Asian Monetary Fund feasible due to new global realities

Asia’s rise and the West’s decline set the stage for an alternative global financial order, say economists.

PETALING JAYA: The establishment of an Asian Monetary Fund (AMF) is now feasible due to a tectonic shift in global realities that has created optimism over an alternative non-US-led global financial order, say economists.

Monash University Malaysia economics professor Niaz Asadullah said the “Asian Century” is the talk of the town today.

“The contrasting fortunes and new global realities have created much optimism over an alternative (international) financial order,” Niaz told FMT Business.

“There is a visible shift in the epicentre of the global economy from the North Atlantic towards East Asia, and the fast post-pandemic recovery of Asian emerging markets vis-a-vis contracting western economies.”

He was commenting on the call by Prime Minister Anwar Ibrahim to set up an Asian Monetary Fund, akin to the International Monetary Fund (IMF), during his official visit to China last week.

Anwar said China is open to talks with Malaysia on forming the AMF, amid the world’s growing impatience with the US dollar’s dominance. “There is no reason for Malaysia to continue depending on the dollar,” he said.

A new financial world order?

Founded at the Bretton Woods conference in 1944 at the end of World War II, the IMF and World Bank Group are two central institutions that underpin the US’ dominance in the global financial system.

The World Bank works with developing countries to reduce poverty and increase shared prosperity, while the IMF serves to stabilise the international monetary system and acts as “monitor of the world’s currencies”.

However, critics claim the IMF and the World Bank are institutions that operate at the behest of the US that seeks to maintain its hegemonic position as the world’s sole superpower, both militarily, and financially via the US dollar.

There is growing unease around the world that the US is abusing its predominant position by imposing unilateral sanctions on its adversaries like Russia, China, Iran and Venezuela. Case in point is the seizing of Russia’s foreign currency reserves in the wake of the Russo-Ukrainian war early last year.

Niaz pointed out that Anwar’s proposal is not new as he made a similar call during his first stint as finance minister in the 1990s.

“The AMF was first proposed by the Japanese to facilitate quick recovery from the Asian financial crisis, but given the US political hegemony and control over the IMF, the proposal did not materialise then.

“This time it’s different, and a lot has changed in the last 25 years. The power rivalry between China and the US has undermined the US’ vision of a unipolar world,” he said.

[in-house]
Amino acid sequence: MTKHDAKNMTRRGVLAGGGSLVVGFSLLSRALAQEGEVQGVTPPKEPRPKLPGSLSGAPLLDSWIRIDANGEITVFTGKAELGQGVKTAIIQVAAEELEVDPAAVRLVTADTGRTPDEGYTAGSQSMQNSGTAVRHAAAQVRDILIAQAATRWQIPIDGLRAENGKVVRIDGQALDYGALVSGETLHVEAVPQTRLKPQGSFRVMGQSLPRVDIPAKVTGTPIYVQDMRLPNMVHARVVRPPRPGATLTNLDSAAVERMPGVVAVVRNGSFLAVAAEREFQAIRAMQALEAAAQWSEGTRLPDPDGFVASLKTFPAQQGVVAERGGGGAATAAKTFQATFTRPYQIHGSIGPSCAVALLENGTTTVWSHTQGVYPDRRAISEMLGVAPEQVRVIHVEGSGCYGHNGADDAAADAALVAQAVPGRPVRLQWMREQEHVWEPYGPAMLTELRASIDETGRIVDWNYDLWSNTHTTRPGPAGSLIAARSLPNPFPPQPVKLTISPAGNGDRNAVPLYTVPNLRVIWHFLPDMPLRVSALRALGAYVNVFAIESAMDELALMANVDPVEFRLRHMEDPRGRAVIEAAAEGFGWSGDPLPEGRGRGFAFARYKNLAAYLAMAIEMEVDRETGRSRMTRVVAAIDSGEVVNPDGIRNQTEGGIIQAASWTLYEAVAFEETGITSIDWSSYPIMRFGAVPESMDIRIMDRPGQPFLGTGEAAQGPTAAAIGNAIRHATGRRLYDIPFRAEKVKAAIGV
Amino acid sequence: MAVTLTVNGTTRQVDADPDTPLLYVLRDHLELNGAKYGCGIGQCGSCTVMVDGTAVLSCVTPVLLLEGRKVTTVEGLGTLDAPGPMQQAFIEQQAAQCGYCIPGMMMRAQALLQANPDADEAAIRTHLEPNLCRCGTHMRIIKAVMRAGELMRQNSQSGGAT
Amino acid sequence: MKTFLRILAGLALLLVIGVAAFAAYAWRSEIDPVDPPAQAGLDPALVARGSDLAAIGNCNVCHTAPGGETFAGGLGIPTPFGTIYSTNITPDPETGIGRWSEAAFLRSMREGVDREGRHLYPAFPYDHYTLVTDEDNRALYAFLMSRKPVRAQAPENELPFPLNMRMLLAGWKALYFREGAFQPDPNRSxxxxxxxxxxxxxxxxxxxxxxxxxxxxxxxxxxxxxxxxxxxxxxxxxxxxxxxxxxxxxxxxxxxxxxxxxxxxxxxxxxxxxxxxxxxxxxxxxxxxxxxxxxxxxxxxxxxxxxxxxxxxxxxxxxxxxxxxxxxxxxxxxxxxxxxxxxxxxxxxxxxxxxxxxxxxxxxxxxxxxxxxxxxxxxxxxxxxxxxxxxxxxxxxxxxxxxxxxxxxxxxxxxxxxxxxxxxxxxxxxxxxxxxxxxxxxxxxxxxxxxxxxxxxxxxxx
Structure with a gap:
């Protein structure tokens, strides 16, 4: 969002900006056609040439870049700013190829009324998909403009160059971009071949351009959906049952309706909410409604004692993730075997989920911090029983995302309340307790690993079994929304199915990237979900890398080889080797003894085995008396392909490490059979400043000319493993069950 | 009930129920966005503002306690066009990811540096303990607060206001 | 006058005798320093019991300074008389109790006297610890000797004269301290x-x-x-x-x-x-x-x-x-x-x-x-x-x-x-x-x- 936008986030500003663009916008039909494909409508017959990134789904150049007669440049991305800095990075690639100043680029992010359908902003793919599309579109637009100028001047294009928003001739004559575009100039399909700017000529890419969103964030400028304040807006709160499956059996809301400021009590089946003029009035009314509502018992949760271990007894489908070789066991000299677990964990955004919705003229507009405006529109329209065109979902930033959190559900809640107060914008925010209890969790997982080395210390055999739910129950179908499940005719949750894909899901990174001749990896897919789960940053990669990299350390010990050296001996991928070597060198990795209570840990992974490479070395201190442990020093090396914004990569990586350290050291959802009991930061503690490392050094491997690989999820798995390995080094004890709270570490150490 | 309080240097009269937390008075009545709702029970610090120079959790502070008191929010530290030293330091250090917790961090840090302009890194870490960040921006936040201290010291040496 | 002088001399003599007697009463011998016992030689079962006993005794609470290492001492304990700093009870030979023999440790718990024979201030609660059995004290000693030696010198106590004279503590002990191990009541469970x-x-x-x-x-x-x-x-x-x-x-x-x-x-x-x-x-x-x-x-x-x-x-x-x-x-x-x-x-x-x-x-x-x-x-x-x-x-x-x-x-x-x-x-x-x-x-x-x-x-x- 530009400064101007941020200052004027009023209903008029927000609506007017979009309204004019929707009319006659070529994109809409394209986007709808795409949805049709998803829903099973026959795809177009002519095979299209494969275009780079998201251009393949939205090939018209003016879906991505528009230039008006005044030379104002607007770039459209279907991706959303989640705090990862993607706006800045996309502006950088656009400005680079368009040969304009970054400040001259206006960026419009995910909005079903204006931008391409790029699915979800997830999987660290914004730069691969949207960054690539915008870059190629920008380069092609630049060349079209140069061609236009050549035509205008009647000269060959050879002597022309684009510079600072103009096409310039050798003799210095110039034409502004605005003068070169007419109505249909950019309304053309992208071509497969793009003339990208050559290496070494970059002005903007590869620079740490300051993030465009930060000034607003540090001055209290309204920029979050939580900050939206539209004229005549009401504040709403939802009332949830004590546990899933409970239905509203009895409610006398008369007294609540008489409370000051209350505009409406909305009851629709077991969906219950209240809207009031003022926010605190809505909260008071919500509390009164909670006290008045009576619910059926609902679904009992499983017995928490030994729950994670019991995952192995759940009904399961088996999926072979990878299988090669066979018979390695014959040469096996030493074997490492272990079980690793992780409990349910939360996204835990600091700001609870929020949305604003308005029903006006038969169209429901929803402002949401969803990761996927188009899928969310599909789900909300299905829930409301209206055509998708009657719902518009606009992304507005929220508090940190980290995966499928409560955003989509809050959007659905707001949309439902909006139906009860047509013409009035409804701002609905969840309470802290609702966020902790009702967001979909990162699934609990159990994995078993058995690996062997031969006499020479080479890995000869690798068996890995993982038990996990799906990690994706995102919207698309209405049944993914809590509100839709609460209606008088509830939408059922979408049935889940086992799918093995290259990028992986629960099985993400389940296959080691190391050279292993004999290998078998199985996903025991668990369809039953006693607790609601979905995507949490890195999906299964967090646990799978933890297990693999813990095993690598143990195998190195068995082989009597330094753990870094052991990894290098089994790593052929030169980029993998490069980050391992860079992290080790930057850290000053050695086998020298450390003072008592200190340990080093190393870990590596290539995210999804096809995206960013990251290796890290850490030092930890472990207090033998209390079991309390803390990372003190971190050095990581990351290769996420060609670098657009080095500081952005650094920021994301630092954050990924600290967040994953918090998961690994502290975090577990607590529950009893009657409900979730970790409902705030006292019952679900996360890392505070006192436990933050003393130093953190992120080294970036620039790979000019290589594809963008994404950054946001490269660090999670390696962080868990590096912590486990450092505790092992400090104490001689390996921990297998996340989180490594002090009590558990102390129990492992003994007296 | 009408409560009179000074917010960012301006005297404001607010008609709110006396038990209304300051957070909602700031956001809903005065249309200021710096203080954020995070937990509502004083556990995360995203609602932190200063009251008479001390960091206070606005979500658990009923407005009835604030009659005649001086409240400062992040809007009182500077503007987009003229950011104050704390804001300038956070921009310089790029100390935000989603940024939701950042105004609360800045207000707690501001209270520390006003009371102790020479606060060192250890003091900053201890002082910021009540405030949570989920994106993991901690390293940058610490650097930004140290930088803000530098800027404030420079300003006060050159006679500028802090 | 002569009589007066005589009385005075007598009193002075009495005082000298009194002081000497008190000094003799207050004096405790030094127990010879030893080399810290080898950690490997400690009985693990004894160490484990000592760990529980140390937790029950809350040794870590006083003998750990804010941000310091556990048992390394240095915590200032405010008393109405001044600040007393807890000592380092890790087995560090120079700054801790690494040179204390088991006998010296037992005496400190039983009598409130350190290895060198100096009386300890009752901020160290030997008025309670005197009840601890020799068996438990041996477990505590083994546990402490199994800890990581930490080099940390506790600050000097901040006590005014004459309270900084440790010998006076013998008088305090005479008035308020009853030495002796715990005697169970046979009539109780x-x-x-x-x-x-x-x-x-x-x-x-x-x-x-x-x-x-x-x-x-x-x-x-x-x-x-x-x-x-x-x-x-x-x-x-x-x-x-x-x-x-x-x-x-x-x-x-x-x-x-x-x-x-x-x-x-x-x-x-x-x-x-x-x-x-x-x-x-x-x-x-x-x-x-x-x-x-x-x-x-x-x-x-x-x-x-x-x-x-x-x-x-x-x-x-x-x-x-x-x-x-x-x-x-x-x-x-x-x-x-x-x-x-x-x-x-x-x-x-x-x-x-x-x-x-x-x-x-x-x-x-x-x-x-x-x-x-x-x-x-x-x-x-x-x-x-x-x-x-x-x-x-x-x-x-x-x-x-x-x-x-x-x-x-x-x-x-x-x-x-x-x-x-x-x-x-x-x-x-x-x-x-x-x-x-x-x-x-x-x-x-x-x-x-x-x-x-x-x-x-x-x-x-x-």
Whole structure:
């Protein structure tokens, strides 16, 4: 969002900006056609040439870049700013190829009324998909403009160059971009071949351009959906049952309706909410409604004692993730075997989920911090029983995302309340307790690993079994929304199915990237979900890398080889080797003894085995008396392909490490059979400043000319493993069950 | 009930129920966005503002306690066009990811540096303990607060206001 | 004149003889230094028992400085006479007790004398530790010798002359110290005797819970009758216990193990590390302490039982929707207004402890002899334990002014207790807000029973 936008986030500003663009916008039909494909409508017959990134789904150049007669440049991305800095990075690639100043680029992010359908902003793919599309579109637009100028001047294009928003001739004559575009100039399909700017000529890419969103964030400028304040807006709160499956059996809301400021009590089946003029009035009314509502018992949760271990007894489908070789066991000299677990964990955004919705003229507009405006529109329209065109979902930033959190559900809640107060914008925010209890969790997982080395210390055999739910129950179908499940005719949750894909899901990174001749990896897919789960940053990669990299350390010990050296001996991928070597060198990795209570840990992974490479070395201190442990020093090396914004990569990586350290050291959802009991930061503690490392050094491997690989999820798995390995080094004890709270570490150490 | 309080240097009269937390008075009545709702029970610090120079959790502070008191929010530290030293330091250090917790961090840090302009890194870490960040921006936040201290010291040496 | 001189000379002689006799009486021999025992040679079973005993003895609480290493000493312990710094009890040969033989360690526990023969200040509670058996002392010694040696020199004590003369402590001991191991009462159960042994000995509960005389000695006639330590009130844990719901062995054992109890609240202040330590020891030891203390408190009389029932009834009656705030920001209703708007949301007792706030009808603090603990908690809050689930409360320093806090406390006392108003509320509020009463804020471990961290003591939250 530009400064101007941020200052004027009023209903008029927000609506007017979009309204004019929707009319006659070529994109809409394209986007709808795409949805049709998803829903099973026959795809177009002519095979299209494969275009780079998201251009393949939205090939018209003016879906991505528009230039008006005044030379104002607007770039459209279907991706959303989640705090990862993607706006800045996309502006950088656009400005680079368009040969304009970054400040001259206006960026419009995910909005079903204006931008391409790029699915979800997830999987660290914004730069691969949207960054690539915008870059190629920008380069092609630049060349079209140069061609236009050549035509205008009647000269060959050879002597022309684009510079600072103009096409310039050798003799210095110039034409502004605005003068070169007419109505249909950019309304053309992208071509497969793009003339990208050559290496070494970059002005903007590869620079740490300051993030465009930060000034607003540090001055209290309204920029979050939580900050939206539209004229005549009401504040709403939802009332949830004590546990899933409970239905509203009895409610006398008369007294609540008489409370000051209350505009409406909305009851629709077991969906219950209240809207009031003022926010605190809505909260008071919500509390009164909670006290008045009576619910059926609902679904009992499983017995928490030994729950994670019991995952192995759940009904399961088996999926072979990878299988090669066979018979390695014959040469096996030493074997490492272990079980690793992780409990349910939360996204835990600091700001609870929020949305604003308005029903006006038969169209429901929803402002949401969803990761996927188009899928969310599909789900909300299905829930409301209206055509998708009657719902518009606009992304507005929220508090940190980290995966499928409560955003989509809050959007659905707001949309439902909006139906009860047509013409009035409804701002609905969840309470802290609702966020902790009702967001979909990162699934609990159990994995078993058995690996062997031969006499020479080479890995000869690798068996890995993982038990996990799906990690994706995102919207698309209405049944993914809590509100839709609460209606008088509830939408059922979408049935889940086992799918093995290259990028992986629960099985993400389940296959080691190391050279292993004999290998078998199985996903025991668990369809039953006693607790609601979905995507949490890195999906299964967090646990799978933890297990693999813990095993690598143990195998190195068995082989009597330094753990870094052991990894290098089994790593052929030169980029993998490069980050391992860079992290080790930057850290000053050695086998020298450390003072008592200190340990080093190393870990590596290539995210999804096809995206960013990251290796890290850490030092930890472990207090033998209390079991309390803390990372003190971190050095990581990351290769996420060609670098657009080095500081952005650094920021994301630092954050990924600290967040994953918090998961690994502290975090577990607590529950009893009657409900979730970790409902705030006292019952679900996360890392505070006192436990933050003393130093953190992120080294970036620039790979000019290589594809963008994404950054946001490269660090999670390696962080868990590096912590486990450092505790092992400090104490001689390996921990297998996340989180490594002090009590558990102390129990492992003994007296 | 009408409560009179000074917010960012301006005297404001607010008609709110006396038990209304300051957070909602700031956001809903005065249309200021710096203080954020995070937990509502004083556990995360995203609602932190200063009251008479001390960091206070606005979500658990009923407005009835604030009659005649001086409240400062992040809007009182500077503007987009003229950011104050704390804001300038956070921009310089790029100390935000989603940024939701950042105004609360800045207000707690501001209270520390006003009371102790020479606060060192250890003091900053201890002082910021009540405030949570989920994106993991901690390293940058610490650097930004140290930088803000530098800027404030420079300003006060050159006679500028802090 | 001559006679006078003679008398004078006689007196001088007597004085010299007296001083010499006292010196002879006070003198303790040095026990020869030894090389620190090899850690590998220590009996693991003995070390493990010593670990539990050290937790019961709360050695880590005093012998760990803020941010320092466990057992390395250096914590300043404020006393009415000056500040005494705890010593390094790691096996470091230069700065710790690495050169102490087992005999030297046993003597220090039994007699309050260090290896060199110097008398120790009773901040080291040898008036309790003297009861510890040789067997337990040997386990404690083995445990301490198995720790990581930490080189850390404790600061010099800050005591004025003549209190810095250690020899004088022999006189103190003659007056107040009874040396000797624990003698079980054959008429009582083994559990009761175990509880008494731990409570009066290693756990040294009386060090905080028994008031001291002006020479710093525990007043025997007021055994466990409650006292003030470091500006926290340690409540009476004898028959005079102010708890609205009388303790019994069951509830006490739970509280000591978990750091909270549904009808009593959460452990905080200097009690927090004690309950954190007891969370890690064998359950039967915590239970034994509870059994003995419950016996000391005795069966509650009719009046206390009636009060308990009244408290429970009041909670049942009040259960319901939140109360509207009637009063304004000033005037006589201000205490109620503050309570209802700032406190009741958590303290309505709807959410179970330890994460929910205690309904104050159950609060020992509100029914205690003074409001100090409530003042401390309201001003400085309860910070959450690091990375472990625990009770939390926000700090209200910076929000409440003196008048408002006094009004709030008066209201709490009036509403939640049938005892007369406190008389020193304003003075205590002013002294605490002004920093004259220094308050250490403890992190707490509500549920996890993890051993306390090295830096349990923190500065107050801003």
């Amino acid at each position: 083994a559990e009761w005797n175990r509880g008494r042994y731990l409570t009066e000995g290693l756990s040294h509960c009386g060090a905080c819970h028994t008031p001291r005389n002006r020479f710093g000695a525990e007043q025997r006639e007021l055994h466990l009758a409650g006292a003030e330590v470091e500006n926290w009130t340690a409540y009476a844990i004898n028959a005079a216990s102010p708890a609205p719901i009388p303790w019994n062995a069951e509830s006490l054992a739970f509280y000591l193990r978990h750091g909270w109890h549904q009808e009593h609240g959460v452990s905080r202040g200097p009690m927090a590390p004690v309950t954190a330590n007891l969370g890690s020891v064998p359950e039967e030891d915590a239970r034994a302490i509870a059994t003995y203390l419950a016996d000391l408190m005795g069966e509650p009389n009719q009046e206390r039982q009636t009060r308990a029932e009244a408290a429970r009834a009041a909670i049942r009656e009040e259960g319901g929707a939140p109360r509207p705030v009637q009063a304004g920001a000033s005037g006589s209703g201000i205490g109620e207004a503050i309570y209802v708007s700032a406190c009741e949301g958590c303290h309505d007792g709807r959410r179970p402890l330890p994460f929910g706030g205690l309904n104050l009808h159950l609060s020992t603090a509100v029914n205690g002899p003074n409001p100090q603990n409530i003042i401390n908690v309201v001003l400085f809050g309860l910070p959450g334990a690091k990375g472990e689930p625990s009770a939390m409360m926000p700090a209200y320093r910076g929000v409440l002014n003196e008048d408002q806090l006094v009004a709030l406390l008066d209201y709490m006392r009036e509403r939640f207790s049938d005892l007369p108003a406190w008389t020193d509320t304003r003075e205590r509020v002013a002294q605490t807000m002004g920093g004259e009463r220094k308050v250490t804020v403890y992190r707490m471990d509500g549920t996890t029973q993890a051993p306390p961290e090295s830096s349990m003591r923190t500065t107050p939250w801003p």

He said compared to the US in the 1990s, China today enjoys much stronger trade ties with the Asean economies. Unlike the IMF or the US, “China doesn’t impose harsh conditionalities for lending purposes”.

“Anwar is keen to leverage these emerging tectonic shifts in regional power configurations.

“He seems convinced that this time round, the major Asian nations will overcome the problem of dealing with US pressure, and form a pan-Asian political coalition in support of the AMF.”

Essential to get Asian governments’ buy-in

Malaysia University of Science and Technology (MUST) economics professor Geoffrey Williams concurs that an Asian Monetary Fund can be established.

“It requires buy-in from many Asian countries, particularly to finance it and then to agree on the terms on which access to that finance is made available.

“It is not just a financial issue but a geopolitical issue, too,” he said.

Another related issue is the increasing use of bilateral currencies to finance trade and investment between countries rather than using the US dollar as the primary trade currency.

“This is also feasible and is becoming increasingly popular as changes in such arrangements are showing,” Williams said, adding that most commodities are priced and traded in US dollars.

However, the direct sale of oil between Russia and China, as well as India, is circumventing that arrangement as these countries ditch the use of the greenback. Even Malaysia is exploring the possibility of trade with other nations via their respective currencies.

“There is an increasing probability that this will extend to more countries and more commodities,” he said.

Lastly, the geopolitical implications of an Asian Monetary Fund and how it will affect relationships between countries like Malaysia, the US and its allies have wide implications.

“Many countries are questioning whether the dollar’s dominance is beneficial to them, and whether better exchange arrangements could be found,” Williams said.

“New arrangements such as the Comprehensive and Progressive Agreement for Trans-Pacific Partnership (CPTPP), which now includes the UK, show there are shifts in global economic arrangements which do not necessarily rely on the US or other developed economies like the European Union.”

Not a done deal

However, Universiti Malaya economics professor Nazari Ismail begs to differ, stating that the establishment of the AMF is unlikely in the near future.

“There is no currency at the moment that is in a position to replace the US dollar as the world’s reserve currency,” Nazari said, adding that even China keeps its international reserves in dollars.

Pacific Research Center of Malaysia principal adviser Oh Ei Sun said the setting up of an AMF is a realistic possibility, and can start with converting the tremendous Malaysia-China trade volume into a renminbi-denominated one.

“It can happen provided one pre-condition is met – that the renminbi can be freely traded internationally whenever supply and demand dictates, especially into and out of China.

“Otherwise, traders would still prefer the free-flowing US dollar,” he said.  FMT

Authored by Michael Snyder via The Economic Collapse blog,

For decades, the U.S. dollar was the undisputed king of global currencies, but now dramatic changes are happening.  China, Russia, India, Brazil, Saudi Arabia and other nations are making really big moves which will enable them to become much less dependent on the U.S. dollar in the years ahead.  This is really bad news for us, because having the primary reserve currency of the world has enabled us to enjoy a massively inflated standard of living.  Once we lose that status, our lifestyles will be much different than they are today.  Unfortunately, most Americans don’t understand any of this.  Even though our leaders have treated the stability of our currency with utter contempt in recent years, most Americans just assume that the dollar will always reign supreme.  Meanwhile, much of the planet is preparing for a future in which the U.S. dollar will be far less important than it is right now.